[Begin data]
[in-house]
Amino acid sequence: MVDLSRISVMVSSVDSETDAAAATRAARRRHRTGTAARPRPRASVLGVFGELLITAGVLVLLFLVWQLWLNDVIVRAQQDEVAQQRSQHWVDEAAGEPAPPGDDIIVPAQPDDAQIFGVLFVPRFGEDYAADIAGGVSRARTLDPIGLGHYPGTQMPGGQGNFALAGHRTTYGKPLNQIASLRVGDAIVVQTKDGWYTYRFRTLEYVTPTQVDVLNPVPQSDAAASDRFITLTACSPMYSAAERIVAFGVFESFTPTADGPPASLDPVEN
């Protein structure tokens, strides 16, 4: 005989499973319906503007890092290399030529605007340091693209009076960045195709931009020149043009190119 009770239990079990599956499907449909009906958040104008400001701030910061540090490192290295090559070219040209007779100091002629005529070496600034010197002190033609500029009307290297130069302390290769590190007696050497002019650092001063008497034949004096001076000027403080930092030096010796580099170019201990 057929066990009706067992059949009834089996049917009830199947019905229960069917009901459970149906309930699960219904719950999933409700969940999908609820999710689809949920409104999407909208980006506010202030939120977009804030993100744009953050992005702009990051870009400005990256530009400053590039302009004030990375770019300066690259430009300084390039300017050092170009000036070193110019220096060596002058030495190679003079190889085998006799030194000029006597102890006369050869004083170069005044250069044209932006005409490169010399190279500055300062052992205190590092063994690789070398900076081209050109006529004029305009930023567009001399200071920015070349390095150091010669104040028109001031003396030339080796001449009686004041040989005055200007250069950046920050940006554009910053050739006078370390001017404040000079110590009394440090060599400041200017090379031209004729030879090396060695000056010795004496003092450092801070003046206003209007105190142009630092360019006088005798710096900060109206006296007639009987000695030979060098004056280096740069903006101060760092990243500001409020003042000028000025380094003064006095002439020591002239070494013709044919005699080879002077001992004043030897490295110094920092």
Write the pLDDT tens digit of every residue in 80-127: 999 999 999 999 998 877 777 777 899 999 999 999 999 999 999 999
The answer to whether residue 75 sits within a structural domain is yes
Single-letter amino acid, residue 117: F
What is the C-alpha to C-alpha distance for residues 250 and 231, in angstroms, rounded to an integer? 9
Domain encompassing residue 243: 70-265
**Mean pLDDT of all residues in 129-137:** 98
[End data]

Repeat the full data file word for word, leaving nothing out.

[in-house]
Amino acid sequence: MVDLSRISVMVSSVDSETDAAAATRAARRRHRTGTAARPRPRASVLGVFGELLITAGVLVLLFLVWQLWLNDVIVRAQQDEVAQQRSQHWVDEAAGEPAPPGDDIIVPAQPDDAQIFGVLFVPRFGEDYAADIAGGVSRARTLDPIGLGHYPGTQMPGGQGNFALAGHRTTYGKPLNQIASLRVGDAIVVQTKDGWYTYRFRTLEYVTPTQVDVLNPVPQSDAAASDRFITLTACSPMYSAAERIVAFGVFESFTPTADGPPASLDPVEN
């Protein structure tokens, strides 16, 4: 005989499973319906503007890092290399030529605007340091693209009076960045195709931009020149043009190119 009770239990079990599956499907449909009906958040104008400001701030910061540090490192290295090559070219040209007779100091002629005529070496600034010197002190033609500029009307290297130069302390290769590190007696050497002019650092001063008497034949004096001076000027403080930092030096010796580099170019201990 057929066990009706067992059949009834089996049917009830199947019905229960069917009901459970149906309930699960219904719950999933409700969940999908609820999710689809949920409104999407909208980006506010202030939120977009804030993100744009953050992005702009990051870009400005990256530009400053590039302009004030990375770019300066690259430009300084390039300017050092170009000036070193110019220096060596002058030495190679003079190889085998006799030194000029006597102890006369050869004083170069005044250069044209932006005409490169010399190279500055300062052992205190590092063994690789070398900076081209050109006529004029305009930023567009001399200071920015070349390095150091010669104040028109001031003396030339080796001449009686004041040989005055200007250069950046920050940006554009910053050739006078370390001017404040000079110590009394440090060599400041200017090379031209004729030879090396060695000056010795004496003092450092801070003046206003209007105190142009630092360019006088005798710096900060109206006296007639009987000695030979060098004056280096740069903006101060760092990243500001409020003042000028000025380094003064006095002439020591002239070494013709044919005699080879002077001992004043030897490295110094920092």
Write the pLDDT tens digit of every residue in 80-127: 999 999 999 999 998 877 777 777 899 999 999 999 999 999 999 999
The answer to whether residue 75 sits within a structural domain is yes
Single-letter amino acid, residue 117: F
What is the C-alpha to C-alpha distance for residues 250 and 231, in angstroms, rounded to an integer? 9
Domain encompassing residue 243: 70-265
**Mean pLDDT of all residues in 129-137:** 98